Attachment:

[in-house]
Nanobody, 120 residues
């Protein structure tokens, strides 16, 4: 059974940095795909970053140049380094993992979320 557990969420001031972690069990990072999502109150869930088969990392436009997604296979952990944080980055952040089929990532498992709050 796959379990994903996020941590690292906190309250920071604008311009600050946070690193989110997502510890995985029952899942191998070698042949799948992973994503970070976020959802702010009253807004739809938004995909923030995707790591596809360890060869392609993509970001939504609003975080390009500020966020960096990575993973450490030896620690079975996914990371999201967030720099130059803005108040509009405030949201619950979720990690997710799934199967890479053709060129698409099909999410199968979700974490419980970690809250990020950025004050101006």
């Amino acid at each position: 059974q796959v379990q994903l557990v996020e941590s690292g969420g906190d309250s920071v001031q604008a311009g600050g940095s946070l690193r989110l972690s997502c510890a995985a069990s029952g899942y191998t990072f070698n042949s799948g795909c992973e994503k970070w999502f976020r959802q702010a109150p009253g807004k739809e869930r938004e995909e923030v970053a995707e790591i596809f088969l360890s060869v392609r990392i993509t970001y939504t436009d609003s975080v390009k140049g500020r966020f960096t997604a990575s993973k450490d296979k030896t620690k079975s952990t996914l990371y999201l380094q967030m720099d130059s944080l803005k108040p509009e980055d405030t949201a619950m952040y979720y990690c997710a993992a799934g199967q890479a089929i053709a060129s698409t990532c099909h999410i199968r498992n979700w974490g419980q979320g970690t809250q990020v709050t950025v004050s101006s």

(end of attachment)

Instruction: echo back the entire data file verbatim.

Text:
[in-house]
Nanobody, 120 residues
């Protein structure tokens, strides 16, 4: 059974940095795909970053140049380094993992979320 557990969420001031972690069990990072999502109150869930088969990392436009997604296979952990944080980055952040089929990532498992709050 796959379990994903996020941590690292906190309250920071604008311009600050946070690193989110997502510890995985029952899942191998070698042949799948992973994503970070976020959802702010009253807004739809938004995909923030995707790591596809360890060869392609993509970001939504609003975080390009500020966020960096990575993973450490030896620690079975996914990371999201967030720099130059803005108040509009405030949201619950979720990690997710799934199967890479053709060129698409099909999410199968979700974490419980970690809250990020950025004050101006």
């Amino acid at each position: 059974q796959v379990q994903l557990v996020e941590s690292g969420g906190d309250s920071v001031q604008a311009g600050g940095s946070l690193r989110l972690s997502c510890a995985a069990s029952g899942y191998t990072f070698n042949s799948g795909c992973e994503k970070w999502f976020r959802q702010a109150p009253g807004k739809e869930r938004e995909e923030v970053a995707e790591i596809f088969l360890s060869v392609r990392i993509t970001y939504t436009d609003s975080v390009k140049g500020r966020f960096t997604a990575s993973k450490d296979k030896t620690k079975s952990t996914l990371y999201l380094q967030m720099d130059s944080l803005k108040p509009e980055d405030t949201a619950m952040y979720y990690c997710a993992a799934g199967q890479a089929i053709a060129s698409t990532c099909h999410i199968r498992n979700w974490g419980q979320g970690t809250q990020v709050t950025v004050s101006s």